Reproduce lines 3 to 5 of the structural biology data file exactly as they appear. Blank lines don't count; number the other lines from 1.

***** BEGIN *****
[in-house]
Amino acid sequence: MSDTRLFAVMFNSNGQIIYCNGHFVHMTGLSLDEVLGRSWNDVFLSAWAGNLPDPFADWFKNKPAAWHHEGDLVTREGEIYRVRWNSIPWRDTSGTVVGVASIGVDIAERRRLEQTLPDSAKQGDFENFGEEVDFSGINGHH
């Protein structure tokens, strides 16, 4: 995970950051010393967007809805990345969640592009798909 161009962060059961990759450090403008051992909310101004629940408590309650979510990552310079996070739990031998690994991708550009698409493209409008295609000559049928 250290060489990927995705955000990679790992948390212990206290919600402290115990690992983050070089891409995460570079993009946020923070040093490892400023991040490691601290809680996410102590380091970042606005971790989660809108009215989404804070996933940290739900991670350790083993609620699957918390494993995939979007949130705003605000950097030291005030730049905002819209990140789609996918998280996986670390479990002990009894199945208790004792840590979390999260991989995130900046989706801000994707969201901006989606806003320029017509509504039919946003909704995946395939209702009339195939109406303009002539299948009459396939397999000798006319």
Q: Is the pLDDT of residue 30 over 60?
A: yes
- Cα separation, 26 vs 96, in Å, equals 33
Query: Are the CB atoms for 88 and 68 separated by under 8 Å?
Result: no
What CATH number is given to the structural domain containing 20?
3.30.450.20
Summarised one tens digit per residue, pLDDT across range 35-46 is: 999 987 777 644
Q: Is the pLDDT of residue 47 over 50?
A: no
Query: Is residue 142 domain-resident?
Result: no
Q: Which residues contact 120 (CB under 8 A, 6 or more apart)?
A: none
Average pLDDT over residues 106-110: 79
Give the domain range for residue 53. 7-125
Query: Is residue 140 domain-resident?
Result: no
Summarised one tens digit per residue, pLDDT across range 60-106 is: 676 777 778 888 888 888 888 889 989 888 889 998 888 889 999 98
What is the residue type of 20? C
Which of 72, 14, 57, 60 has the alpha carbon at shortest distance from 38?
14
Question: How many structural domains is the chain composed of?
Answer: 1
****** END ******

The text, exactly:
């Protein structure tokens, strides 16, 4: 995970950051010393967007809805990345969640592009798909 161009962060059961990759450090403008051992909310101004629940408590309650979510990552310079996070739990031998690994991708550009698409493209409008295609000559049928 250290060489990927995705955000990679790992948390212990206290919600402290115990690992983050070089891409995460570079993009946020923070040093490892400023991040490691601290809680996410102590380091970042606005971790989660809108009215989404804070996933940290739900991670350790083993609620699957918390494993995939979007949130705003605000950097030291005030730049905002819209990140789609996918998280996986670390479990002990009894199945208790004792840590979390999260991989995130900046989706801000994707969201901006989606806003320029017509509504039919946003909704995946395939209702009339195939109406303009002539299948009459396939397999000798006319």
Q: Is the pLDDT of residue 30 over 60?
A: yes